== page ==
Scatter Some Human Traces
In contrast, deer are quite good at recognizing the fragrance humans leave behind and generally steer clear of it for obvious reasons. Therefore, sprinkling hair around your plants can help keep them away. The one potential downside of this tactic is that deer may also become accustomed to the smell and start coming around less conspicuously, potentially leading to them consuming your plants.
Scaring Off Through Loud Noises
These can take several forms, such as loudly played recordings of animals or barking dogs. However, this may not always be effective in deterring deer from an area. They are creatures of habit and will often return to areas where they have successfully encountered something that scares or confuses them in the past.
Using Deer Repellents
One of the most effective ways to keep deer away from plants is using products designed to repel them. These can be bought at garden stores or online and come in several varieties, including those that release smells such as garlic or peppermint oil.
Creating Habitat Fragrance Barriers
One way to make it difficult for deer to get close to your plants is by creating artificial habitat barriers from materials like hay bales or logs. This will help confine them within a certain area and deter them from trying other parts of your garden where they may encounter more desirable food or mates.
This is a softer way of scarring deer through noises. Though not the more musical chimes will ward off every deer, deer may be able to get the message that this is not a good place to eat based on the combination of scent and taste provided by some of the alternatives described above-involving food.
One way to detect deer presence and vector them away from the area is through motion sensors. These can be set up in areas where plants are desired, such as near a fence or under a tree, and will trigger an alarm if they sense movement nearby, whether it’s of deer or other animals.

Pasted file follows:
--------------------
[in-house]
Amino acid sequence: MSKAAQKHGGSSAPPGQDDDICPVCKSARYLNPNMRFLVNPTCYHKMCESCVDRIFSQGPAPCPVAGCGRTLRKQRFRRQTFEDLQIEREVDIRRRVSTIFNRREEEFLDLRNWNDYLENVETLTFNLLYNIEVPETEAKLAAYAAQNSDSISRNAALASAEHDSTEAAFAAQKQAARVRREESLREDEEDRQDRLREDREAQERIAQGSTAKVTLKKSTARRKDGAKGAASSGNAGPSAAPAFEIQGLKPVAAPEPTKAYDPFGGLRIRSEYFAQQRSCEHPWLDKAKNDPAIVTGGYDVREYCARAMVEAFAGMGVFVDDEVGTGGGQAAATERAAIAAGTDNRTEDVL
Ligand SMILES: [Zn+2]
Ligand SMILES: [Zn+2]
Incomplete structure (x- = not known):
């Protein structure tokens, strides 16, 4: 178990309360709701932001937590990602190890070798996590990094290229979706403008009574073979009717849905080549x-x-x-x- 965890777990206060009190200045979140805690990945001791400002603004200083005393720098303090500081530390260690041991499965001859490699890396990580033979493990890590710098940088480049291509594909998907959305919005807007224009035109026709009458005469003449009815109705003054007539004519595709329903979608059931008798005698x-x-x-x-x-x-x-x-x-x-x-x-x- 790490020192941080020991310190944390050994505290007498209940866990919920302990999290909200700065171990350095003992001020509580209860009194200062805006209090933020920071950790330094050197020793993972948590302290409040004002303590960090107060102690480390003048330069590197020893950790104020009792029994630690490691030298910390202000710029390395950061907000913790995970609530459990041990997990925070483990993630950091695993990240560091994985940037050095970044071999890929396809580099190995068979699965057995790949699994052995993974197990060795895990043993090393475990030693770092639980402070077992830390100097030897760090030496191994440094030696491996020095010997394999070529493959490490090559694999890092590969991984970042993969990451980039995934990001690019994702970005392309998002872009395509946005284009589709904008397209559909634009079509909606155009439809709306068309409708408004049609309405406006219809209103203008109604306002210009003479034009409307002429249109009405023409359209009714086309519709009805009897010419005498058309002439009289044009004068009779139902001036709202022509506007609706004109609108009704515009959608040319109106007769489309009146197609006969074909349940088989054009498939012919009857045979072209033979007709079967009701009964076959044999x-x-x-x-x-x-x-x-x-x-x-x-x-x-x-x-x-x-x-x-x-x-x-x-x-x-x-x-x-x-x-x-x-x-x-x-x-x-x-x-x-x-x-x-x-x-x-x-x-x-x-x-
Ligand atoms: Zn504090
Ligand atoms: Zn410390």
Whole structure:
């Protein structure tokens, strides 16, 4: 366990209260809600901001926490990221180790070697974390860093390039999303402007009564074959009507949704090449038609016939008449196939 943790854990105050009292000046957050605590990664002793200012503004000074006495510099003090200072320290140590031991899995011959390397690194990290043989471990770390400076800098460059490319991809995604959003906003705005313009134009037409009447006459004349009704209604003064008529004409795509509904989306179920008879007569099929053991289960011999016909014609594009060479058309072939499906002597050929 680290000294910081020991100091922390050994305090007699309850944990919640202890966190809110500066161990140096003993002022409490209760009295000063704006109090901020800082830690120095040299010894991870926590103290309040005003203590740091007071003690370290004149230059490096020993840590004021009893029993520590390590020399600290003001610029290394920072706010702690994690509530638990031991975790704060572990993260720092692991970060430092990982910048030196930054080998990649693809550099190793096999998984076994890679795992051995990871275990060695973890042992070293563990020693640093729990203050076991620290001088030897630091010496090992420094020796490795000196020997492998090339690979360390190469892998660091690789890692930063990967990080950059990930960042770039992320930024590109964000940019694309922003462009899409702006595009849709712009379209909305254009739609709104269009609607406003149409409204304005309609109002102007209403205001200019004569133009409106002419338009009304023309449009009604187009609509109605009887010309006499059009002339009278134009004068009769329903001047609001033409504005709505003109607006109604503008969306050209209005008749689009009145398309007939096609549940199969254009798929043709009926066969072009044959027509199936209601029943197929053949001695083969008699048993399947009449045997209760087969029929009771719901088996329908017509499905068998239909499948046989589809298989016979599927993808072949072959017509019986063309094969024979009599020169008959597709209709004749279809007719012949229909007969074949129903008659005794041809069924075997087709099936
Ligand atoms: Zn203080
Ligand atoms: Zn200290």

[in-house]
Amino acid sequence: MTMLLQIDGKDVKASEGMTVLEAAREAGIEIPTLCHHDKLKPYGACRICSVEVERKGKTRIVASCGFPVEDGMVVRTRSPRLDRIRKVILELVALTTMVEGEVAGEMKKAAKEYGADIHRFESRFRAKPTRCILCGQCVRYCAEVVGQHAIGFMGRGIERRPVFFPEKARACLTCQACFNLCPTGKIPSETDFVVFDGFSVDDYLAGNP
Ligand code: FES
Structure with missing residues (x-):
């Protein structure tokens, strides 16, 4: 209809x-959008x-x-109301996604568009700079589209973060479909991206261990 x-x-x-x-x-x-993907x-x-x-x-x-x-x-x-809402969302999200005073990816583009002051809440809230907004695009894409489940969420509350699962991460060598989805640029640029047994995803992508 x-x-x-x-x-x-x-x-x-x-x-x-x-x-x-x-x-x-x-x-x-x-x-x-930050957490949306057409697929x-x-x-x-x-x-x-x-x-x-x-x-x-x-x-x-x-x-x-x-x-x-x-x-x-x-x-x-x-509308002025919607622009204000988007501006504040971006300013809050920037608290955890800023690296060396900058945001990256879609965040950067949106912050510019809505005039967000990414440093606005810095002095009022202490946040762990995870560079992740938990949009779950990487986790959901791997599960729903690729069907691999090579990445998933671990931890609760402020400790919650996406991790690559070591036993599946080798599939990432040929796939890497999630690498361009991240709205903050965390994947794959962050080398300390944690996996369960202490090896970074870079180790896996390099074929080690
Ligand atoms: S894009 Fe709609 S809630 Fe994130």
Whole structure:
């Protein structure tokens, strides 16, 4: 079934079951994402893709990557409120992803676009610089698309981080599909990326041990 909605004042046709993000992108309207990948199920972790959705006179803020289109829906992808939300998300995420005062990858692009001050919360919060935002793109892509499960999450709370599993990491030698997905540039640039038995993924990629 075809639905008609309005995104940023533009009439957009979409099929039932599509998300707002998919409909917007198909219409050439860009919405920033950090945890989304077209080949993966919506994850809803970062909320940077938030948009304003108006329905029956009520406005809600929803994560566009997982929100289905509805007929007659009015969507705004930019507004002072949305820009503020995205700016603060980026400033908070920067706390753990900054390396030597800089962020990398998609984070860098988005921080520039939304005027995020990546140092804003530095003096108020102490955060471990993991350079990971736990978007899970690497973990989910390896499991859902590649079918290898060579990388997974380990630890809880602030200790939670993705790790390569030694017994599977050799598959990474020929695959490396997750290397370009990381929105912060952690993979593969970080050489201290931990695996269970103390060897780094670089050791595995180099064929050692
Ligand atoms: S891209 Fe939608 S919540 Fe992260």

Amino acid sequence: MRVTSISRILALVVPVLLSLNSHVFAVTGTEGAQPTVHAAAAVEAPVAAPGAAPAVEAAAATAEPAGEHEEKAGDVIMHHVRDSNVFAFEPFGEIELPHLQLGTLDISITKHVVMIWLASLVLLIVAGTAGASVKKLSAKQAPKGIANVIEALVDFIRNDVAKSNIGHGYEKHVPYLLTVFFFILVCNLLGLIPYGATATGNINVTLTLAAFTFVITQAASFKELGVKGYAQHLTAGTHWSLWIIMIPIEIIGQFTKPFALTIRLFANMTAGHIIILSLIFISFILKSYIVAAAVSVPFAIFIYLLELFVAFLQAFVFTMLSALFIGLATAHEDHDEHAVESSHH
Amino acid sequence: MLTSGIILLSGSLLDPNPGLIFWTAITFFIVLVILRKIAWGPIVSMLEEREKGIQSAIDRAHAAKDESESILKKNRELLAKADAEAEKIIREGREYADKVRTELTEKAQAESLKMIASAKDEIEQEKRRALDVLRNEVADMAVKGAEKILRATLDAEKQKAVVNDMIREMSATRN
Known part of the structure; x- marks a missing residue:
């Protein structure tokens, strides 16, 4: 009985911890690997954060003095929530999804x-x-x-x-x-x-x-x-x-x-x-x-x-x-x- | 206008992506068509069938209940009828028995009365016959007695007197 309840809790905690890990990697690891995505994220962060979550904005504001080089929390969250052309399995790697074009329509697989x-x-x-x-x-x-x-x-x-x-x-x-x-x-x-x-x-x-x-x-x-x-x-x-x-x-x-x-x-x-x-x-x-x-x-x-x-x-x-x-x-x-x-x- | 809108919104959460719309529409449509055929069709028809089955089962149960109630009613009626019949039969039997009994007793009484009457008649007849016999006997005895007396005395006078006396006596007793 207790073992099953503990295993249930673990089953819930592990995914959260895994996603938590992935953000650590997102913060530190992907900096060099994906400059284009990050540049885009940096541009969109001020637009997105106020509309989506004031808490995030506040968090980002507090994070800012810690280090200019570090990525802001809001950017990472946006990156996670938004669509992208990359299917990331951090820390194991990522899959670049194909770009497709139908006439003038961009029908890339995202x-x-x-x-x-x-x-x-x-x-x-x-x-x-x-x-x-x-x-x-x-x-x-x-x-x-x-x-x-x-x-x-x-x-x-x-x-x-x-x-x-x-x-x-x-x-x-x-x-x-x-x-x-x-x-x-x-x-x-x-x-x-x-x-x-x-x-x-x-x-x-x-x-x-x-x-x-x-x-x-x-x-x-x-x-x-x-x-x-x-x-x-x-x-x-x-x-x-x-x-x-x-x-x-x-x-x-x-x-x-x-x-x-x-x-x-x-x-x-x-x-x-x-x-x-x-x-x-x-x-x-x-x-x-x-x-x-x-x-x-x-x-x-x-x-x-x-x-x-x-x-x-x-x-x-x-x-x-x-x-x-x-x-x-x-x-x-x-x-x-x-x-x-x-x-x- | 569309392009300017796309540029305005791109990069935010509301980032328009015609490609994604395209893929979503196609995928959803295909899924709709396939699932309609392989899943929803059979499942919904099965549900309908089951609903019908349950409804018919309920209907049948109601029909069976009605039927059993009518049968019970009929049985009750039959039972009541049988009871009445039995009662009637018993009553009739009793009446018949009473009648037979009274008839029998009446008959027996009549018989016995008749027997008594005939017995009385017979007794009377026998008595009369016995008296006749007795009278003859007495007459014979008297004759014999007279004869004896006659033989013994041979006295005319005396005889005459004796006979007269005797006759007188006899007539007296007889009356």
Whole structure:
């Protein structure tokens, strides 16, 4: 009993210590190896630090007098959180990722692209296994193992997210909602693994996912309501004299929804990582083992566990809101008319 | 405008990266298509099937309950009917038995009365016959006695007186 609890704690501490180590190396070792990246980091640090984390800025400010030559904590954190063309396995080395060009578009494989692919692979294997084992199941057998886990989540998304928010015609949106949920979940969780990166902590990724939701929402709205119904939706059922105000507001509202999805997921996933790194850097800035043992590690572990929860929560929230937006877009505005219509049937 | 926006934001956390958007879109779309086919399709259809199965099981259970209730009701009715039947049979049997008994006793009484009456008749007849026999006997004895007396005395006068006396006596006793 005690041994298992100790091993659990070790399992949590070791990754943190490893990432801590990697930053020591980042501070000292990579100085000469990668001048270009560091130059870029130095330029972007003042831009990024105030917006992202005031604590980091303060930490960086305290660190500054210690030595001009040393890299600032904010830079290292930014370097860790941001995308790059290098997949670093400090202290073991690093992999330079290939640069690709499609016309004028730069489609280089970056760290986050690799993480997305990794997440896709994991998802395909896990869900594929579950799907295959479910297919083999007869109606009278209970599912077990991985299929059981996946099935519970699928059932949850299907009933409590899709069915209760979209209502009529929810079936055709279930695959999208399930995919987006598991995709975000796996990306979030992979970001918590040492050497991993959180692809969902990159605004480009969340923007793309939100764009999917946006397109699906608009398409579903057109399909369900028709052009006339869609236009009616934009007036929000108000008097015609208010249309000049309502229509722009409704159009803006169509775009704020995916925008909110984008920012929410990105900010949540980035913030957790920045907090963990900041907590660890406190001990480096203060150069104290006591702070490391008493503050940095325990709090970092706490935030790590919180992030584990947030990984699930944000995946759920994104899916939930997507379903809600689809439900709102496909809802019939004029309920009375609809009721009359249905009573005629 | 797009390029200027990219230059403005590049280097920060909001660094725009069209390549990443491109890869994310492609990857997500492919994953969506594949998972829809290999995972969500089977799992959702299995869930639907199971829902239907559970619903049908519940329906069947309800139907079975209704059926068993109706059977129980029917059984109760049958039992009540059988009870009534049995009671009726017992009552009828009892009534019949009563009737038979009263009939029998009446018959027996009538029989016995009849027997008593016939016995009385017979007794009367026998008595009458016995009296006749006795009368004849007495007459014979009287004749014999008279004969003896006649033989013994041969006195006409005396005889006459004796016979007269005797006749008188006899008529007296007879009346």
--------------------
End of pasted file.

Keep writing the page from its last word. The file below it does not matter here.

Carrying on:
Create Yards with Different Levels and Hedges
This will discourage deer from venturing into yards, as they may become lost or frightened and wander away. The ground level should be different around the entire yard to foil their instinctual behavior of browsing for food at ground level. Hedges can also create a barrier between yards, and adding some water features or ponds can provide them with an area to drink.
Place in the Area Plants That Deer Are Reluctant To Eat
Planting plants deer do not like to eat, particularly at the perimeter of the property, which is the region where the deer first meet, is another tactic that can be used to discourage deer from browsing on a property.
The general rule is that deer will avoid plants with a strong scent, poisonous, or thorns. However, remember that this is just a general suggestion because deer will happily consume other items, such as the new shoots of roses. You may receive a more comprehensive list by going to the website of the New Jersey Agricultural Experiment Station, which has a long list of plants arranged according to the order of preference that deer have for eating them.
As you can see from this list, there is a wide variety of plants that can be grown in your garden that deer don’t enjoy all that much, and there are even some that can be strategically placed to keep deer away from your garden. Lavender is one example of this, as are other fragrant herbs like oregano, rosemary, and thyme.